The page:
10) Regularity--High Protein diets can be very hard on the digestive tract, and can make bowel movements less frequent and more challenging. Make sure you get plenty of water, an
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    Aug 07, 2009 10:55 PM GMT
    11) Fat--DO NOT FEAR FAT!!! Understand the distinction between dietary fat and body fat. Dietary Fat is what you put in your mouth, and is a necessary nutrient necessary for good skin, hair and nails, among other things. It is also an excellent source of energy, which is fairly ready to use by your body. Dietary fat is also passed through your body with high efficiency, unlike carbs, which end up getting up stored (and converted into body fat). Body fat doesn’t enter your body as fat (typically). Instead, your body has created most of your body fat--it entered your body as carbs (and mostly sugar), was converted through a few simple chemical processes.

    12) Late night meals--Anything after 11pm is virtually guaranteed to be turned into fat. You can negate a week’s worth of work with one late night binge. If you have to have something, make it lean protein, or milk/yogurt. A little fruit is the next best alternative, or a few nuts.

    13) Sweets--The single biggest obstacle to getting the body that you want. Processed sugars are particularly sinister--candy, gummi bears, root beer. Beware of the hidden sweets. Certain veggies are really sinister--corn, carrots and beets. The sugars in these veggies are very simple and get converted to fat quickly.

    14) Fruit--All are good, but some are definitely much better than others. In general, the sweeter and juicier a fruit is, the less desirable it is. Apples and oranges are on one end of the scale, bananas and melons on the other. Pineapples are a notable exception because they are an excellent source of fiber.

    15) Weight training--

    Day 1: Chest/Back/Tris

    3x Dumbell Bench Press

    3x Lat pull down/wide grip pulls ups

    3x Dips

    3x Dumbell shoulder press/military press

    3x Machine Bicep Curl/EZ Bar bicep curl/dumbell curls

    3x Machine Pec Dec/Incline Dumbell Press

    3x Seated Cable Rows

    Cardio at the end--max incline walk on treadmill at 3.5 mph for 30 minutes with an optional 5 minute cool down. Protein at the end or throughout.

    Day 2: Legs

    3x Leg Press/Squats--don’t do squats until I show you how to do squats.

    3x Lying Back Extensions/Deadlifts--don’t do deadlifts until show you how to do deadlifts

    3x Seated Leg Extensions

    3x Seated Leg Curls

    3x Standing Glute Pushback

    3x Standing Calf Raises/Donkey Calf Raises

    Cardio at the end--max incline walk on treadmill at 3.5 mph for 30 minutes with an optional 5 minute cool down. Protein at the end or throughout.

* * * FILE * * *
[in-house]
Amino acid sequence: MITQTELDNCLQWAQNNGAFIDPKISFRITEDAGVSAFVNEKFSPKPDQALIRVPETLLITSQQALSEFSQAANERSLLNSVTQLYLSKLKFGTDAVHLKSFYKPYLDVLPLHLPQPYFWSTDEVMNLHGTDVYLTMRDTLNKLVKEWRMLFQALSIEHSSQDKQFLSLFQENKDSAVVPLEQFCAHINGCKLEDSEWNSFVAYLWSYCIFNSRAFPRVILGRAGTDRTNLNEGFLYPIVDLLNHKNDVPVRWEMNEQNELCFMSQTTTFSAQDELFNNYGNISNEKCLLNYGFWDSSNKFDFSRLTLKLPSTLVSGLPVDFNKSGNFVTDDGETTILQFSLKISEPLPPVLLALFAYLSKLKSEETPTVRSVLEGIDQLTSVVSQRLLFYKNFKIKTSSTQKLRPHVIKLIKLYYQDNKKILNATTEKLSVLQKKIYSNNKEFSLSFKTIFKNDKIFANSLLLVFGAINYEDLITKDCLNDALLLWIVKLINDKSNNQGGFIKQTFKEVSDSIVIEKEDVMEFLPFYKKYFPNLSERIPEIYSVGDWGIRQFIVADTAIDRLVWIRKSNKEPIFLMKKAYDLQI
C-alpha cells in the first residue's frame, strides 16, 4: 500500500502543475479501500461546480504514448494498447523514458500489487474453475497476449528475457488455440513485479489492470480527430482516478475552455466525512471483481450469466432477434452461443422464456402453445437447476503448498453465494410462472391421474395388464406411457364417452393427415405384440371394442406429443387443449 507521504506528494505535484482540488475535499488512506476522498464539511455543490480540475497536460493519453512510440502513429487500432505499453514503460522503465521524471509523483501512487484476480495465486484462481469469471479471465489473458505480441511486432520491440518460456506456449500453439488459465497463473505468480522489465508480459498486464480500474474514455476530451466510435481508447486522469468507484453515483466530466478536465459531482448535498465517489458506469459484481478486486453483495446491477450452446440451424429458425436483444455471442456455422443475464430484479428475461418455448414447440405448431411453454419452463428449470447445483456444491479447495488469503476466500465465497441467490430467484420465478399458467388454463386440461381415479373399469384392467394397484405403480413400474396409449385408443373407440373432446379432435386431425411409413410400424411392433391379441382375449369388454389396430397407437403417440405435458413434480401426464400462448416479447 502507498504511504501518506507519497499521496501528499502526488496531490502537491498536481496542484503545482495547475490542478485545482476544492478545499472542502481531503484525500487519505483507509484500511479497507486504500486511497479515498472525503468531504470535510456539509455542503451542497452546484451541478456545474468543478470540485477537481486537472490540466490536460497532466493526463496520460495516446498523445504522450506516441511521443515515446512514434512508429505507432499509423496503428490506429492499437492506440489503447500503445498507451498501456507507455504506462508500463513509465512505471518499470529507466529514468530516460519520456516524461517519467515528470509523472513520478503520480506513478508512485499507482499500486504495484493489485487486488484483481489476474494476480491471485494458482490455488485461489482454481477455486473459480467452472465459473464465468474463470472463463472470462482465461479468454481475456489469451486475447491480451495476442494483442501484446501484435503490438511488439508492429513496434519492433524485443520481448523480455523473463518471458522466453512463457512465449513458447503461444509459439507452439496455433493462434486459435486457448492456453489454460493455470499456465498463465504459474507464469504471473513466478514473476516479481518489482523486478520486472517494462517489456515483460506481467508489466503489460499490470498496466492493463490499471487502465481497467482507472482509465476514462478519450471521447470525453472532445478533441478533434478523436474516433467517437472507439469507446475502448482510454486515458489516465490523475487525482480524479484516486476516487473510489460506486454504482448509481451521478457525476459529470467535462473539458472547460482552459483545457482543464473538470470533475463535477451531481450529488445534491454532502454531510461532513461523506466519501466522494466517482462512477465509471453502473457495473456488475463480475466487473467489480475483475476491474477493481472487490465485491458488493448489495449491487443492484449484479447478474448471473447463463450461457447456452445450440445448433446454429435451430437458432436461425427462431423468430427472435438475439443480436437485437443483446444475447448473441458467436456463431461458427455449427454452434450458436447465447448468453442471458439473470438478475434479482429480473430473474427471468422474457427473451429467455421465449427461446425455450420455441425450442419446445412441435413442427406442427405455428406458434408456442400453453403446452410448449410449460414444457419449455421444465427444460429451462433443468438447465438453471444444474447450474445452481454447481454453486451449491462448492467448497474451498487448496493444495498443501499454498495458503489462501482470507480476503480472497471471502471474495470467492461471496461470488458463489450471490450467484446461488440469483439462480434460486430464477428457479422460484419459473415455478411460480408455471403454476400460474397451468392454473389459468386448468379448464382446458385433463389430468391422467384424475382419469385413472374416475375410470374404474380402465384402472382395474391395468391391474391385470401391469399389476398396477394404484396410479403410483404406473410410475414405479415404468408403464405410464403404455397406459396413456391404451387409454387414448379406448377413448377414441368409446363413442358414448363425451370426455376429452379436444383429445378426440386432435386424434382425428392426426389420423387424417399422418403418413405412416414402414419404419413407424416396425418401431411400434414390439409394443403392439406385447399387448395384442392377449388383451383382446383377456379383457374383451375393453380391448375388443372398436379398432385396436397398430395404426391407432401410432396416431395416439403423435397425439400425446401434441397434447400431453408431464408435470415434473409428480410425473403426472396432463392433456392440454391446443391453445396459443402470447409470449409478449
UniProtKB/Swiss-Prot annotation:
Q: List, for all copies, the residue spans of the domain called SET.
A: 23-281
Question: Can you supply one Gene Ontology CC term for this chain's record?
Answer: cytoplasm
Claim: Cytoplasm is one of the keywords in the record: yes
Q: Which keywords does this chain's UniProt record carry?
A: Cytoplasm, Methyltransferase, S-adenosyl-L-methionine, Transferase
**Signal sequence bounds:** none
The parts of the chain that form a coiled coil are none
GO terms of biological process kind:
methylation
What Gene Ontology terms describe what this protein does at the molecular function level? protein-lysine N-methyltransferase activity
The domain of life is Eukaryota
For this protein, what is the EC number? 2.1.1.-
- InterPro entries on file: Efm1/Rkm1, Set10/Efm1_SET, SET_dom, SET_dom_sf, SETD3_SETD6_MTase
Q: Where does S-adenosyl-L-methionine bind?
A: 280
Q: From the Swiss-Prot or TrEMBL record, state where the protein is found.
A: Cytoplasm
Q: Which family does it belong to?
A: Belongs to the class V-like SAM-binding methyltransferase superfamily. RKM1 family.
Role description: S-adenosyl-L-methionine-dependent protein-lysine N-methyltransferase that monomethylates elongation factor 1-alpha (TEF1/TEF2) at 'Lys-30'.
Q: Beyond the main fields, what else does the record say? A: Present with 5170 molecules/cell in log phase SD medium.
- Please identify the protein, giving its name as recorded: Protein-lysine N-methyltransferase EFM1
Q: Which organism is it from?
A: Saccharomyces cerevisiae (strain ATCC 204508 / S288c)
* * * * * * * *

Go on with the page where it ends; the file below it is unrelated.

Day 3: Light Cardio/Free day. Run a little or bike a little or rollerblade a little, or do yoga or an abs class, etc. Nothing too strenuous or too long. Just enough to get your heart rate up to about 130 or so and break a light sweat. Focus on rest, stretching and MAINTAINING THE DIET--eating every 2-3 hours, easy on the carbs, heavy on the protein, big breakfast, no late snacking, no junk food, etc.

    15a) body weight exercises such as dips and pull ups and push up and sit ups should be done to failure.

    16) Mass vs. Ripped--These are two competing interests. It’s really not possible to sustainably build muscle AND get ripped at the same time. For mass, you should limit the cardio to no more than 50 minutes a day, and you need to consume at least 10% additional calories. For example, if you need 2000 calories a day for maintenance, you’ll need at least 2200 to gain muscle.

    17) Supplements--vitamins--get a good multivite, and that’s really all you need. At this stage of the game you really don’t need any supplements, you can and should get everything you need from whole foods. Not only are supplements expensive but they can definitely be a racket.

    1icon_cool.gif Food scale--get yourself one of these so you can control portions, particularly for nuts and snackies. But even handy for protein such as meat, pork and fish. Just to make sure you’re getting the right quantities.

    19) Nuts/Peanut butter--Nuts are God’s gift. An ounce of just about nut contains 150-200 calories of mostly good fats which are a terrific source of energy, provide a high degree satiety and are easy to carry around with you. Peanut butter is what I call energy paste. For a quick blast take 2 tablespoons of peanut butter straight. Make sure what you’re getting is peanut butter--on the ingredient label it should say one thing: peanuts. If the first ingredient is sugar and the second is partially hydrogenated vegetable oil, that’s not peanut butter, it’s chemistry.